The Mayo Clinic, long heralded for their compassionate treatment of patients, can now add “diet guru” to its list of accolades. If you think an acclaimed medical facility has the upper hand when it comes to creating a comprehensive weight loss website, you’d be right. The Mayo Clinic Diet is weight loss done right.
The focus is on changing habits for a lifetime
The Mayo Clinic Diet, a personalized plan developed by doctors and nutritionists, is split in to two phases, “Lose It!” and “Live It!” The first phase is a “jump-start” helping you lose up to 6-10 pounds over a two-week period in a safe and healthy way. The “Live It!” phase is intended to help you lose 1-2 pounds per week until you’ve hit your weight loss goal, a widely recommended rate of weight loss, and then guides you on how to sustain it for a life.
Last week I took the diet for a little spin. After creating my personal account with a bit of pertinent data about my height, weight, activity level and weight loss goal (confidential, thank you very much), I was pleasantly surprised to see how quickly the entire plan was created for me. Once the system calculated my optimum calorie intake for weight loss, it simultaneously delivered weeks worth of meal plans and recipes to help me reach my goal.
By Gary Ditsch, Retrofit Lead Exercise Physiologist
We’ve all heard the saying, “A little bit goes a long way.” When it comes to weight loss, common advice is to make big changes to get quick and substantial results. While rapid results can be motivating and encouraging, the long-term value of these changes are only observed when they become habits. The process of adopting small changes can can be beneficial when it results in lifelong weight loss maintenance.
In the spirit of making small changes, here are 10 ways to burn an extra 100 calories throughout the day:
1. Walk. Choose to walk instead of drive if you’re going somewhere nearby. 18 minutes of walking will burn 100 calories.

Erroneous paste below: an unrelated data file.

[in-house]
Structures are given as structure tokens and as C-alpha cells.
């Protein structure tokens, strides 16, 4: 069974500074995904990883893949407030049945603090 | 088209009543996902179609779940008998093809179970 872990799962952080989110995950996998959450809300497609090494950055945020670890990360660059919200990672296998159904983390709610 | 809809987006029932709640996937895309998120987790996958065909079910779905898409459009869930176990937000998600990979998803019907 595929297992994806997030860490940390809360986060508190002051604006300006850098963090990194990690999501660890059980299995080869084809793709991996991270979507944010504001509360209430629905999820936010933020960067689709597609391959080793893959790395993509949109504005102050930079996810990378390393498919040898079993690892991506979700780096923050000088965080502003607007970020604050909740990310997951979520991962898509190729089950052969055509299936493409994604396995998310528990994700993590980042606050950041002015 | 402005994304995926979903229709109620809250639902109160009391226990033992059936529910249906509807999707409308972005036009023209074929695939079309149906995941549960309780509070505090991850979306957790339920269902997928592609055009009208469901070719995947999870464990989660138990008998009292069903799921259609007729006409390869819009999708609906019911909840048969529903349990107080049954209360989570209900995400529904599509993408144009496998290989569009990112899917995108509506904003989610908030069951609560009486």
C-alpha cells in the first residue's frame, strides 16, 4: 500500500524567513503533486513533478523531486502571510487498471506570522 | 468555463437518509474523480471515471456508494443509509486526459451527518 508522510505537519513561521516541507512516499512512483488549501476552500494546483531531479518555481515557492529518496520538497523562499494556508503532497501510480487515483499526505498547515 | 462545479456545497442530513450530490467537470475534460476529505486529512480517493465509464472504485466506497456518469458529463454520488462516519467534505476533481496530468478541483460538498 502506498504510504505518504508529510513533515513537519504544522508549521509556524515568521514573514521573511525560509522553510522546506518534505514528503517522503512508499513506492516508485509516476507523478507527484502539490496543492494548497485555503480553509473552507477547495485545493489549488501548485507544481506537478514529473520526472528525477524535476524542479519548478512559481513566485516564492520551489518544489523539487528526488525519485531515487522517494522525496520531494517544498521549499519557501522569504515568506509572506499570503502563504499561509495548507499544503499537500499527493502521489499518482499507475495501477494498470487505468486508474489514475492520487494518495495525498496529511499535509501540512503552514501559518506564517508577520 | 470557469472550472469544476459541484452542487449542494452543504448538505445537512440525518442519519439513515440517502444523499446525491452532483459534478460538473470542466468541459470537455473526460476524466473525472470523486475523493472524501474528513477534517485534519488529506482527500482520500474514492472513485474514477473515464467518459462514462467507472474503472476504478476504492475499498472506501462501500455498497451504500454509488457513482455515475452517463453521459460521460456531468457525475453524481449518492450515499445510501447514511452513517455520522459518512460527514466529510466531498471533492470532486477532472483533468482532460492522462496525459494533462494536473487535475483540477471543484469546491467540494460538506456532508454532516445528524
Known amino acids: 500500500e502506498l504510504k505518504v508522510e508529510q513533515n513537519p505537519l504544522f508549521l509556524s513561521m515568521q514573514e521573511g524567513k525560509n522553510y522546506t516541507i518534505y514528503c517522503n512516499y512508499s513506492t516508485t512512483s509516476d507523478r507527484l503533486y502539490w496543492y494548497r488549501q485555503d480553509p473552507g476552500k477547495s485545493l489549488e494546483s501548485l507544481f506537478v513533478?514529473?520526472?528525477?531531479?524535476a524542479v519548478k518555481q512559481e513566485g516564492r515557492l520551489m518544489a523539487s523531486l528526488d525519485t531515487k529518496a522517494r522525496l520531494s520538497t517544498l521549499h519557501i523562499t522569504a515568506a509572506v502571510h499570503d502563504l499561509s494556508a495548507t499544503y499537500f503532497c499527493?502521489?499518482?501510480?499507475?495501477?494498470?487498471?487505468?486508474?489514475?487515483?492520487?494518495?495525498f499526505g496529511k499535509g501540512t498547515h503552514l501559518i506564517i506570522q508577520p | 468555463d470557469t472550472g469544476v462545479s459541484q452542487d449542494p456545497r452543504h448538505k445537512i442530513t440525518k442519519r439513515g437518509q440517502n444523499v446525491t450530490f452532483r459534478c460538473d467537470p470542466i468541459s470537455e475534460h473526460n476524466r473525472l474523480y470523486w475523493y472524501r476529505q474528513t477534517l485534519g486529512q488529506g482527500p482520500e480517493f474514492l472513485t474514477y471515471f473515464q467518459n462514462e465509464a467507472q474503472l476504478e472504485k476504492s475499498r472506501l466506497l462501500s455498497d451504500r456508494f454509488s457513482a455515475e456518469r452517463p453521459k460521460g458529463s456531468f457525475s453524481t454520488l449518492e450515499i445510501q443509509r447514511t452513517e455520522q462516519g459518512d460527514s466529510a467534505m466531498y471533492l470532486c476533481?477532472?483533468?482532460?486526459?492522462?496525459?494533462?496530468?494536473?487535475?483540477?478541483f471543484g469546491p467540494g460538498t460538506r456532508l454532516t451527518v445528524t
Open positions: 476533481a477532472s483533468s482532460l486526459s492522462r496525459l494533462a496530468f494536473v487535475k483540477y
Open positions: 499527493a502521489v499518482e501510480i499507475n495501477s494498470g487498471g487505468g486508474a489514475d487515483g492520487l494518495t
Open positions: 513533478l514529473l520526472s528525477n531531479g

2. Climb. Instead of taking elevators or escalators, take the stairs. A cumulative 15 minutes and 20 seconds of stair climbing can burn 100 calories.
3. Yardwork. Mow the lawn for 13 minutes and say goodbye to those calories.
4. Clean the House. Cleaning, sweeping and other general house work can burn 100 calories in about 19 minutes. (more…)
Honesty is always the best policy, but when it comes to our weight, many of us may fudge the facts a bit. A new survey indicates that less than 40 percent of Americans report being overweight, though research shows the actual statistic is much higher.
We first heard of this news from our friends at Shape Magazine, and then checked out the survey results ourselves. Not only do just 36 percent of Americans see themselves as overweight, of those people, less than 20 percent are actively trying to lose weight.
A number of factors in your life can contribute to your mood. Work, family, romantic relationships, and even the weather all play a part in how you feel. But what about weight loss or weight gain? Does how much you weigh affect how you feel? And does how you feel affect how much you weigh?
Speaking from experience, during the times that I am at a healthy and fit weight I’m in a happier mood than the times when I am heavier. Part of it has to do with how I feel about my body—better, obviously—but scientists think there’s more to it than that. Much of why you feel better at a healthier weight has to do with what you’re doing to reach those goals.
First off, exercise produces endorphins, so when you’re working out your brain rewards you with these feel-good chemicals. When you eat healthy foods like leafy greens, healthy fats, and lean proteins, you feed your brain nutrients that have been linked to happiness. (Conversely, when you eat trans fats and other bad for you foods your mood suffers.) And then there’s something to the idea of sticking with healthy habits, something that scientists call self-efficacy, which tends to lead to a boost in self-esteem and mood. (more…)
It’s one thing to lose weight on your own. It’s a whole other thing to shed pounds with the whole world watching. But that’s exactly what Miranda Lambert did. The country singer, age 30, recently dropped an estimated 45 pounds, according to Us Weekly magazine. This new look comes just in time for the release of her latest album, “Platinum”, which dropped June 3rd.
How did she do it? With a little help and a lot of common sense.
Lambert tells Us Weekly that she decided to lose weight after a few unflattering photos of her were picked up by tabloids. (You know how you feel when a friend tags a bad photo of you on Facebook? Imagine that, only way, way worse!) So she tried Nutrisystem to jumpstart her diet but eventually decided that following a balanced diet and increasing her exercise routine were ultimately the right options for her. (more…)